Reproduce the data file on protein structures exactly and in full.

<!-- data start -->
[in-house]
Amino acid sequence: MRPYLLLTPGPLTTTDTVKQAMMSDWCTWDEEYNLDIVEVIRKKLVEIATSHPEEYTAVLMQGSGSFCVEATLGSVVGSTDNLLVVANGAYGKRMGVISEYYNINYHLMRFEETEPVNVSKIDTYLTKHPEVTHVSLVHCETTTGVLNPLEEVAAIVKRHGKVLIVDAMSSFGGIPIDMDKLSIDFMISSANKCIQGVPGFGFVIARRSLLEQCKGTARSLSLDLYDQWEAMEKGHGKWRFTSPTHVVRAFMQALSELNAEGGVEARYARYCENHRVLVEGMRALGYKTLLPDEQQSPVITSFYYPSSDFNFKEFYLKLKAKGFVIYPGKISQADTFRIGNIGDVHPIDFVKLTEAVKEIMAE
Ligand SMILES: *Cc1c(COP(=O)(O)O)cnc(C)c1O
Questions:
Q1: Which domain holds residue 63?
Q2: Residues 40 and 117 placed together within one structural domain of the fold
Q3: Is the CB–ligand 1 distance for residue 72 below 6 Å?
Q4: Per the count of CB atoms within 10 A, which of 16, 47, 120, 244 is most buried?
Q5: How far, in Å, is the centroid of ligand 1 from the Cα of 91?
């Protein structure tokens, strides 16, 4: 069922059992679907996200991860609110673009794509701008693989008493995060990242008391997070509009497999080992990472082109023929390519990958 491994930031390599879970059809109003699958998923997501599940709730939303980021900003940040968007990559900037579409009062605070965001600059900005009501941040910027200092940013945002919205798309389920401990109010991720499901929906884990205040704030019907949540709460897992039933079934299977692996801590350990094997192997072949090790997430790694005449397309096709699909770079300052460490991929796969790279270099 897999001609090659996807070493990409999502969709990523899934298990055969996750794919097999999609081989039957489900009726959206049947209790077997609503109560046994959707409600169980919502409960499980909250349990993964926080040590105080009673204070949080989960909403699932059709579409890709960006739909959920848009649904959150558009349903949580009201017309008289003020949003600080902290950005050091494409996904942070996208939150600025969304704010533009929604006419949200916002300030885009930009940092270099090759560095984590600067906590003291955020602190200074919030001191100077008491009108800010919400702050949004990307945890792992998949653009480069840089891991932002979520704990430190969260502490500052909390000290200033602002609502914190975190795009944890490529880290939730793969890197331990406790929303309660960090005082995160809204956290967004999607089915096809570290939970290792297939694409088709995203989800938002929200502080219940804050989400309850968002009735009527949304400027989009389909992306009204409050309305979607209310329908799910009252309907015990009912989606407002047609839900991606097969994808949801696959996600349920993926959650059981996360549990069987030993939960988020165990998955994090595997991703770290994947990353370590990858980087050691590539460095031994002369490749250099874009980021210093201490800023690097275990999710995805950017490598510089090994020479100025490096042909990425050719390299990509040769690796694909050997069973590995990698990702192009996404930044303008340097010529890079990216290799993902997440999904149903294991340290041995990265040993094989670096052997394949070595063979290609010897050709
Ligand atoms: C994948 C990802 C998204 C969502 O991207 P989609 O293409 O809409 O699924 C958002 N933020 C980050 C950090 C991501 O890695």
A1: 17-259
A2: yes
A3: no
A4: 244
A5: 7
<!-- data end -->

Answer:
[in-house]
Amino acid sequence: MRPYLLLTPGPLTTTDTVKQAMMSDWCTWDEEYNLDIVEVIRKKLVEIATSHPEEYTAVLMQGSGSFCVEATLGSVVGSTDNLLVVANGAYGKRMGVISEYYNINYHLMRFEETEPVNVSKIDTYLTKHPEVTHVSLVHCETTTGVLNPLEEVAAIVKRHGKVLIVDAMSSFGGIPIDMDKLSIDFMISSANKCIQGVPGFGFVIARRSLLEQCKGTARSLSLDLYDQWEAMEKGHGKWRFTSPTHVVRAFMQALSELNAEGGVEARYARYCENHRVLVEGMRALGYKTLLPDEQQSPVITSFYYPSSDFNFKEFYLKLKAKGFVIYPGKISQADTFRIGNIGDVHPIDFVKLTEAVKEIMAE
Ligand SMILES: *Cc1c(COP(=O)(O)O)cnc(C)c1O
Questions:
Q1: Which domain holds residue 63?
Q2: Residues 40 and 117 placed together within one structural domain of the fold
Q3: Is the CB–ligand 1 distance for residue 72 below 6 Å?
Q4: Per the count of CB atoms within 10 A, which of 16, 47, 120, 244 is most buried?
Q5: How far, in Å, is the centroid of ligand 1 from the Cα of 91?
């Protein structure tokens, strides 16, 4: 069922059992679907996200991860609110673009794509701008693989008493995060990242008391997070509009497999080992990472082109023929390519990958 491994930031390599879970059809109003699958998923997501599940709730939303980021900003940040968007990559900037579409009062605070965001600059900005009501941040910027200092940013945002919205798309389920401990109010991720499901929906884990205040704030019907949540709460897992039933079934299977692996801590350990094997192997072949090790997430790694005449397309096709699909770079300052460490991929796969790279270099 897999001609090659996807070493990409999502969709990523899934298990055969996750794919097999999609081989039957489900009726959206049947209790077997609503109560046994959707409600169980919502409960499980909250349990993964926080040590105080009673204070949080989960909403699932059709579409890709960006739909959920848009649904959150558009349903949580009201017309008289003020949003600080902290950005050091494409996904942070996208939150600025969304704010533009929604006419949200916002300030885009930009940092270099090759560095984590600067906590003291955020602190200074919030001191100077008491009108800010919400702050949004990307945890792992998949653009480069840089891991932002979520704990430190969260502490500052909390000290200033602002609502914190975190795009944890490529880290939730793969890197331990406790929303309660960090005082995160809204956290967004999607089915096809570290939970290792297939694409088709995203989800938002929200502080219940804050989400309850968002009735009527949304400027989009389909992306009204409050309305979607209310329908799910009252309907015990009912989606407002047609839900991606097969994808949801696959996600349920993926959650059981996360549990069987030993939960988020165990998955994090595997991703770290994947990353370590990858980087050691590539460095031994002369490749250099874009980021210093201490800023690097275990999710995805950017490598510089090994020479100025490096042909990425050719390299990509040769690796694909050997069973590995990698990702192009996404930044303008340097010529890079990216290799993902997440999904149903294991340290041995990265040993094989670096052997394949070595063979290609010897050709
Ligand atoms: C994948 C990802 C998204 C969502 O991207 P989609 O293409 O809409 O699924 C958002 N933020 C980050 C950090 C991501 O890695």
A1: 17-259
A2: yes
A3: no
A4: 244
A5: 7